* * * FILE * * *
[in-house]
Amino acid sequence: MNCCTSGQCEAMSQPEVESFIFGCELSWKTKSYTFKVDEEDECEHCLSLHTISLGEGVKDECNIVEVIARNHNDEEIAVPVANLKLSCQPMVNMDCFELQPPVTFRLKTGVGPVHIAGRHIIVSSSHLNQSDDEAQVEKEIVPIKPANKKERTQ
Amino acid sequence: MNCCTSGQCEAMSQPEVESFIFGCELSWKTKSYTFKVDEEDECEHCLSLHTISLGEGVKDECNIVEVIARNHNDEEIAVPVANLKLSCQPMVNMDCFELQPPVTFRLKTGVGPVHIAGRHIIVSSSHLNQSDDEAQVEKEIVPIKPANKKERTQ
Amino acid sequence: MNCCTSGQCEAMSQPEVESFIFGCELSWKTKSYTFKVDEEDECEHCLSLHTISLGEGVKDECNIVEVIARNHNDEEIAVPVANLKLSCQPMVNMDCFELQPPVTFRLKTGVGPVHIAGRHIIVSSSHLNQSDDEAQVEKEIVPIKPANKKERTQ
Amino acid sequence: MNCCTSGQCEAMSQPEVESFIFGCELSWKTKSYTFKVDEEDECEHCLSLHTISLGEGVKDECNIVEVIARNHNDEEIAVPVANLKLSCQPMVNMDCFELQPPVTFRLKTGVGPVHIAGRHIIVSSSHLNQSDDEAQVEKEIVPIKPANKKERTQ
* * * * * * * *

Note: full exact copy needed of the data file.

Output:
[in-house]
Amino acid sequence: MNCCTSGQCEAMSQPEVESFIFGCELSWKTKSYTFKVDEEDECEHCLSLHTISLGEGVKDECNIVEVIARNHNDEEIAVPVANLKLSCQPMVNMDCFELQPPVTFRLKTGVGPVHIAGRHIIVSSSHLNQSDDEAQVEKEIVPIKPANKKERTQ
Amino acid sequence: MNCCTSGQCEAMSQPEVESFIFGCELSWKTKSYTFKVDEEDECEHCLSLHTISLGEGVKDECNIVEVIARNHNDEEIAVPVANLKLSCQPMVNMDCFELQPPVTFRLKTGVGPVHIAGRHIIVSSSHLNQSDDEAQVEKEIVPIKPANKKERTQ
Amino acid sequence: MNCCTSGQCEAMSQPEVESFIFGCELSWKTKSYTFKVDEEDECEHCLSLHTISLGEGVKDECNIVEVIARNHNDEEIAVPVANLKLSCQPMVNMDCFELQPPVTFRLKTGVGPVHIAGRHIIVSSSHLNQSDDEAQVEKEIVPIKPANKKERTQ
Amino acid sequence: MNCCTSGQCEAMSQPEVESFIFGCELSWKTKSYTFKVDEEDECEHCLSLHTISLGEGVKDECNIVEVIARNHNDEEIAVPVANLKLSCQPMVNMDCFELQPPVTFRLKTGVGPVHIAGRHIIVSSSHLNQSDDEAQVEKEIVPIKPANKKERTQ